• CAS RN 309: Theology and Piety in Catholic Christianity
    Roman Catholic Theology, tradition and piety, with additional reference to the Orthodox Churches and to the Anglican Communion. Dogmas, a sacramental view of reality, a vision of human nature, forms of devout life. Catholic inspiration in art and music.
  • CAS RN 310: Christendom Divided: Reformation and Religious Conflict in Early Modern Europe
    Religious change in the sixteenth and seventeenth centuries; the origins and causes of the Protestant Reformation; the Catholic Reformation; the resulting civil wars in the Germanies, France, and the Netherlands; pertinent aspects of Tudor and Stuart England. Also offered as CAS HI 209.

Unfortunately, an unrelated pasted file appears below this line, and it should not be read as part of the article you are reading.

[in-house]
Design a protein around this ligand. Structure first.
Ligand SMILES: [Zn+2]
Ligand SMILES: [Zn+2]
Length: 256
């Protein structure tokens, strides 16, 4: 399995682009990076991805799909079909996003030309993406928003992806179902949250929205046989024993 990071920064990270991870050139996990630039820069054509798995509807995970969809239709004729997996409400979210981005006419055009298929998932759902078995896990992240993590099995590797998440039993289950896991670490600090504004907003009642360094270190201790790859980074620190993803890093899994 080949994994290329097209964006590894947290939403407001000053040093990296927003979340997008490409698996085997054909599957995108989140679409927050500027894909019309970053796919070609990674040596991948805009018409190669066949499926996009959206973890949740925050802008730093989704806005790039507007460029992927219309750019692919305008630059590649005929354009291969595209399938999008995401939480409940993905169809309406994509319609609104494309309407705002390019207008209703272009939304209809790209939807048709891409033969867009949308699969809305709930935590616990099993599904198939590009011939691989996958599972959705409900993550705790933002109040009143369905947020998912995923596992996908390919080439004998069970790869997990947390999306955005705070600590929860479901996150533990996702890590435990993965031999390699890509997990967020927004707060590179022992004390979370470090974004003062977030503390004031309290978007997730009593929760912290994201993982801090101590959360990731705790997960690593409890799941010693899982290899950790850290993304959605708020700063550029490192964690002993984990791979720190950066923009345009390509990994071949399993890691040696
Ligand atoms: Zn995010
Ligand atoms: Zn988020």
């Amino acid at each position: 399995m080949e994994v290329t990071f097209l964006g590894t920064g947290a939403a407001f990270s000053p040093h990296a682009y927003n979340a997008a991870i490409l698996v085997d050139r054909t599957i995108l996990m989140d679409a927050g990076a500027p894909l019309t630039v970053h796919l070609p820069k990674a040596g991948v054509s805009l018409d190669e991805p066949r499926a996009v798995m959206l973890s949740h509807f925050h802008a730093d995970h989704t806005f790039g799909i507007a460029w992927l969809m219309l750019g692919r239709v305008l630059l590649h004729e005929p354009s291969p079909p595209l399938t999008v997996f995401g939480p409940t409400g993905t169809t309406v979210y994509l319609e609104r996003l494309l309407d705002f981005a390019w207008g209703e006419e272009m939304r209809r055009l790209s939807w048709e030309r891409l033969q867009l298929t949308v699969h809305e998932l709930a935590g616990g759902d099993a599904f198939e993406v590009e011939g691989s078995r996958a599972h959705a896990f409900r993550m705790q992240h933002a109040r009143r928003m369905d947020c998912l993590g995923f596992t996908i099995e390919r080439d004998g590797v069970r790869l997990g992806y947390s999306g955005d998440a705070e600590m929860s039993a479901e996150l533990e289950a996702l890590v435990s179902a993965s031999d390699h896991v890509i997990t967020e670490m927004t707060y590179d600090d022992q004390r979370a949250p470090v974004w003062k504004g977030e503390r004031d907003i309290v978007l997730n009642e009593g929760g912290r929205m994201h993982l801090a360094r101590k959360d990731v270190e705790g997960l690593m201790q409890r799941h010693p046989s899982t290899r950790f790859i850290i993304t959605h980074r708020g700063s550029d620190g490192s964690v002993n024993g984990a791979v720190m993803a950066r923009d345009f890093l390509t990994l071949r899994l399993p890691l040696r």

• CAS RN 312: Buddhism in America
    The transplantation and transformation of Buddhism in the United States. Time period ranges from the eighteenth century to the present, but the emphasis is on contemporary developments, including the new Asian immigration, Jewish Buddhism, feminization, and engaged Buddhism.
  • CAS RN 314: Religious Thought in America
    Surveys many of the strategies that American religious thinkers have adopted for interpreting the cosmos, the social order and human experience, and the interaction of those strategies with broader currents of American culture. Also offered as CAS HI 308.
  • CAS RN 316: Modern Islam
    Undergraduate Prerequisites: one course in RN or PH, or CC101/102, or consent of instructor.
    Focuses on formations of Islam in colonial and postcolonial periods. How modernist and Islamist thinkers have negotiated the encounter between tradition and modernity.
  • CAS RN 317: Greek and Roman Religion